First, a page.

Dr. Jacque Cole, Assistant Professor in the Joint Department Biomedical Engineering at NC State and UNC-Chapel Hill, has won an NSF award to acquire a new X-ray nano-computed tomography (nano-CT) instrument which will be located within the AIF.
The instrument is anticipated to cost nearly $1M, with nearly $700k coming from the NSF and remainder in cost-sharing from NC State. Jacob Jones, Director of AIF, interviewed Dr. Cole about the award and the transcript is shown below. The award abstract with more details is found here.
Q: First, you are relatively new to NC State. Tell us briefly about your education/work background and your research interests.
A: I received a Bachelor of Mechanical Engineering from Auburn University and an M.S. and Ph.D. in Mechanical Engineering from Cornell University. I then completed two postdoctoral fellowships at the University of Michigan in Chemistry and Orthopaedic Surgery. In 2013, became an Assistant Professor in the Joint Department of Biomedical Engineering at NC State and the University of North Carolina at Chapel Hill. I founded the Orthopaedic Mechanobiology Laboratory (http://oml.web.unc.edu/), and the overall goal of our research is to understand why we lose bone and why we fracture with various clinical conditions like aging, stroke, obesity, and nerve injury by studying bone mechanics, vasculature, and metabolism.
Q: What is an X-ray nano-CT system, in layman’s terms?
A: A nano-CT system uses X rays to visualize and measure the internal structure of many types of objects without having to cut them open. It works much like medical CT scanners that hospitals use to obtain 3D images of the inside of the body, but it provides details at a much smaller scale – down to less than 1 micrometer (about 100 times smaller than the thickness of a human hair). It enables the study of internal structures in a variety of materials, providing measurements like porosity, connectivity, and permeability, which will advance materials characterization and design for many research and industry focus areas.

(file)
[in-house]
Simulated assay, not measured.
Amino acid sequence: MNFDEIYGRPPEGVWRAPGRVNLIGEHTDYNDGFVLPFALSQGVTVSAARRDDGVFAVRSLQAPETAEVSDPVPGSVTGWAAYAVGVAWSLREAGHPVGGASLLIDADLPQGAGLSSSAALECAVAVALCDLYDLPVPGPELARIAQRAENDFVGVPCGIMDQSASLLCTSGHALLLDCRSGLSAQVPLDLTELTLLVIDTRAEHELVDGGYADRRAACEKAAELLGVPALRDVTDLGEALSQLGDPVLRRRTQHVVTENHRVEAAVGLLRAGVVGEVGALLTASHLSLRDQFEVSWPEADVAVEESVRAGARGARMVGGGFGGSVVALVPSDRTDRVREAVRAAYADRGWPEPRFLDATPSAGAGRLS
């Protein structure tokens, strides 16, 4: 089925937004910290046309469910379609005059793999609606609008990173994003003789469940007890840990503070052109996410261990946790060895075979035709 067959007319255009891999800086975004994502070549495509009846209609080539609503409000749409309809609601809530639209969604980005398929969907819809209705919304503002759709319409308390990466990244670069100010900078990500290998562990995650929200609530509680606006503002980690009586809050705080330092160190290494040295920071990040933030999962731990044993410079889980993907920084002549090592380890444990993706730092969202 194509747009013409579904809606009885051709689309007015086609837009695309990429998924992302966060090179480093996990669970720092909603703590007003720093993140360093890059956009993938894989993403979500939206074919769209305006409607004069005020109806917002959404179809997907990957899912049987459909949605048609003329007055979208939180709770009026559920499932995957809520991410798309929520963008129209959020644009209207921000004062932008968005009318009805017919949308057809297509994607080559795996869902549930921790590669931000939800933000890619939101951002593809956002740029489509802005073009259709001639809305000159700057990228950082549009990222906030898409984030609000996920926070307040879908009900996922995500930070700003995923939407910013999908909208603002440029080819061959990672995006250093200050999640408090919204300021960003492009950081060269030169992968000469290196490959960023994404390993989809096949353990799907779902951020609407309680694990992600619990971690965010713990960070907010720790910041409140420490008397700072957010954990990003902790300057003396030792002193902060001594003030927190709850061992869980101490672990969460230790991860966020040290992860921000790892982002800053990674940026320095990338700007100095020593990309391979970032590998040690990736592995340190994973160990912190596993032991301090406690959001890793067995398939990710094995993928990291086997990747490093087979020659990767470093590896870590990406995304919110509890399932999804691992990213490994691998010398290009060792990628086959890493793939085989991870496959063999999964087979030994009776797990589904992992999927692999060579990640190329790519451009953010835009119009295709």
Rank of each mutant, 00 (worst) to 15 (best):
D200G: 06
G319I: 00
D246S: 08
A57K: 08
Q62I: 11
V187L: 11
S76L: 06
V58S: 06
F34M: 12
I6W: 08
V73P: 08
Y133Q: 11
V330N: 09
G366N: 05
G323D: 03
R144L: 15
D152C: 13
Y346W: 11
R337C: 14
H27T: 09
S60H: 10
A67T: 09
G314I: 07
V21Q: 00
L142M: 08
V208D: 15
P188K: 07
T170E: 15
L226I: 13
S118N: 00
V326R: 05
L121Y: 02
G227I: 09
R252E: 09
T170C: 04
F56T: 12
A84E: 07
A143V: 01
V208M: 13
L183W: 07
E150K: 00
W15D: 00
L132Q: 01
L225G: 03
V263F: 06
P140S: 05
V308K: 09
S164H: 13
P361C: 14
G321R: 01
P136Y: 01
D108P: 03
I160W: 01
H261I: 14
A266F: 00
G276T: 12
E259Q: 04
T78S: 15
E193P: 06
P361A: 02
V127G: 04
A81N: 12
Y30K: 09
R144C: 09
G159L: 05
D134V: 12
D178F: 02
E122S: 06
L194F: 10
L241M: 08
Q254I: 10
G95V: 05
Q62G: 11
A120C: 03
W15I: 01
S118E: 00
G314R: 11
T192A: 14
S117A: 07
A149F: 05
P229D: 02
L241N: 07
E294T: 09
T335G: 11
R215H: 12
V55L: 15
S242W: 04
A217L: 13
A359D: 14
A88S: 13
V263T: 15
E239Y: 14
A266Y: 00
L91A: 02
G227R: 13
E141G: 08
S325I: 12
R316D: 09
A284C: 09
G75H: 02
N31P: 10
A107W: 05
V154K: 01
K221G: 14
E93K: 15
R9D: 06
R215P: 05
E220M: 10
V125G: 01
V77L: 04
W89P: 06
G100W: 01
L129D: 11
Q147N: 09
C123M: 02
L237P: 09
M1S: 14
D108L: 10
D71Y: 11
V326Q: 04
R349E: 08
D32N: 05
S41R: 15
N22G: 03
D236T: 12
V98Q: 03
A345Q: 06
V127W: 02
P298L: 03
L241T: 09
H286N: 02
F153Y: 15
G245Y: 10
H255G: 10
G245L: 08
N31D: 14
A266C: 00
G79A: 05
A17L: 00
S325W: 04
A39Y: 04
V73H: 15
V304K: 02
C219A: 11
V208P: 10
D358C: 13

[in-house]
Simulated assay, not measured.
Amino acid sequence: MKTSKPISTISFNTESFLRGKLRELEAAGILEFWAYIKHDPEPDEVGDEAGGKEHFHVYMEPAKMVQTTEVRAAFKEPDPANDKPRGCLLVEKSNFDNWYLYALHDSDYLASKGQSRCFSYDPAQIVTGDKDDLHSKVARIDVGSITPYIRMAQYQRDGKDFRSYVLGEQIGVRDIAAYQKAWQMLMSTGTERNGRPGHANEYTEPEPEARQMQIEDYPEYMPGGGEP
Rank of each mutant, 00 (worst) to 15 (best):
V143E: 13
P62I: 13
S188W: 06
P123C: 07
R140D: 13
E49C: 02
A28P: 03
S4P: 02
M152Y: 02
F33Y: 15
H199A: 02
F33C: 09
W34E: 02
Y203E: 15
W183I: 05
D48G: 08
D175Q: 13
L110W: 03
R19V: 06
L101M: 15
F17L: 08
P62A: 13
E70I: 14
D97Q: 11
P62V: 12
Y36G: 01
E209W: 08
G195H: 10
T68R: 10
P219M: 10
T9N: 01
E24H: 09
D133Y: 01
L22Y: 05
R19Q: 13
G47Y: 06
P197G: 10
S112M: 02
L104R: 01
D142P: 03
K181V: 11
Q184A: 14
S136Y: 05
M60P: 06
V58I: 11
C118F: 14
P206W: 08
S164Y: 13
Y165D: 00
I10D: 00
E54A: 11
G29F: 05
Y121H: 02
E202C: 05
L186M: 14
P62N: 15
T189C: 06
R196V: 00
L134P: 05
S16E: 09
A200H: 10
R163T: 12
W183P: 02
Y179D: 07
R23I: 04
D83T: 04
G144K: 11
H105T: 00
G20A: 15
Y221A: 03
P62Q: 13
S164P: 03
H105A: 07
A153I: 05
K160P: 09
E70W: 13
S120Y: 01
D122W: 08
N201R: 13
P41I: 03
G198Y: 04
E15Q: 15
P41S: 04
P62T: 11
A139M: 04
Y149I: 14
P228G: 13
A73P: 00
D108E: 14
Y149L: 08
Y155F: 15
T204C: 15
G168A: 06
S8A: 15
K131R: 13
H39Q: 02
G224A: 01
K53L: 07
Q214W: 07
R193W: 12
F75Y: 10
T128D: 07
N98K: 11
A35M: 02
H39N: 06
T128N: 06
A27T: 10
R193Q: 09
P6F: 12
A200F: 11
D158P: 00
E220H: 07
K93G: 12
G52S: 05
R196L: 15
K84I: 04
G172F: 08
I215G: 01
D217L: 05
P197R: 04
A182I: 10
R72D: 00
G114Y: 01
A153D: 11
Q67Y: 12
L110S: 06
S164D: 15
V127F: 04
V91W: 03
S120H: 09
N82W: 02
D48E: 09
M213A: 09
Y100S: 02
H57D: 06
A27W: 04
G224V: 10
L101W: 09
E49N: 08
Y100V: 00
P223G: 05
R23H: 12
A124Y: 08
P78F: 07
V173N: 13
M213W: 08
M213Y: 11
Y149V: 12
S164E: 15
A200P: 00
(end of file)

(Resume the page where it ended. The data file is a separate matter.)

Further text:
Q: What are the interesting capabilities or features of this instrument?
A: This instrument will fill a critical gap in CT and microscopy equipment in the region and will facilitate a broad array of structural and material measurements not currently possible. This technology will add nondestructive volumetric imaging at the nanoscale that requires minimal sample preparation, has a relatively large field of view, can distinguish low- and high-density materials simultaneously, and can incorporate environmental conditions such as mechanical and thermal stages.
Q: For what applications will the system be used?
A: Numerous research and industry programs at NC State and the surrounding region will benefit from this system. It will advance fundamental understanding about internal nano- and microscale structures and complex interfaces within a broad range of materials, including bone, biopolymers, multilayer capacitors, additive manufactured metal parts, and fibrous materials. A better understanding of internal structure will advance technologies in materials design and fabrication and will aid the development of innovative approaches for medicine and engineering. We have already gathered the interest of many researchers in the main areas of biomedical sciences, biological and social sciences, materials science and characterization, materials synthesis and fabrication, and textiles and fibrous materials.
Q: Is this your first NSF proposal or first NSF award? What do you think made this proposal highly competitive? What put it over the top?
A: This is only my second NSF proposal (my first MRI proposal) and my first NSF award. The review panel was highly enthusiastic about the proposal, especially in its expected impact on so many researchers and the advancement of knowledge in a wide and diverse ranges of fields. Our pledged users included over 30 investigators from 6 colleges and 14 departments at NC State, as well as other entities (The Nonwovens Institute, Center for Dielectrics and Piezoelectrics, North Carolina Museum of Natural Sciences) and universities (UNC-Chapel Hill, UNC-Greensboro, NC A&T, Duke, Wake Forest, Clemson, Georgia) in the region. The proposal was strengthened by locating the nano-CT system in the AIF, with its established infrastructure and proven proficiency in instrument management, operation, and training. The instrument will be the first of its kind in the Southeast that is in an open-access, core university laboratory, and it is expected to accelerate knowledge discovery and enhance education and outreach activities in the Research Triangle area and beyond, particularly through partnership with the Research Triangle Nanotechnology Network (RTNN).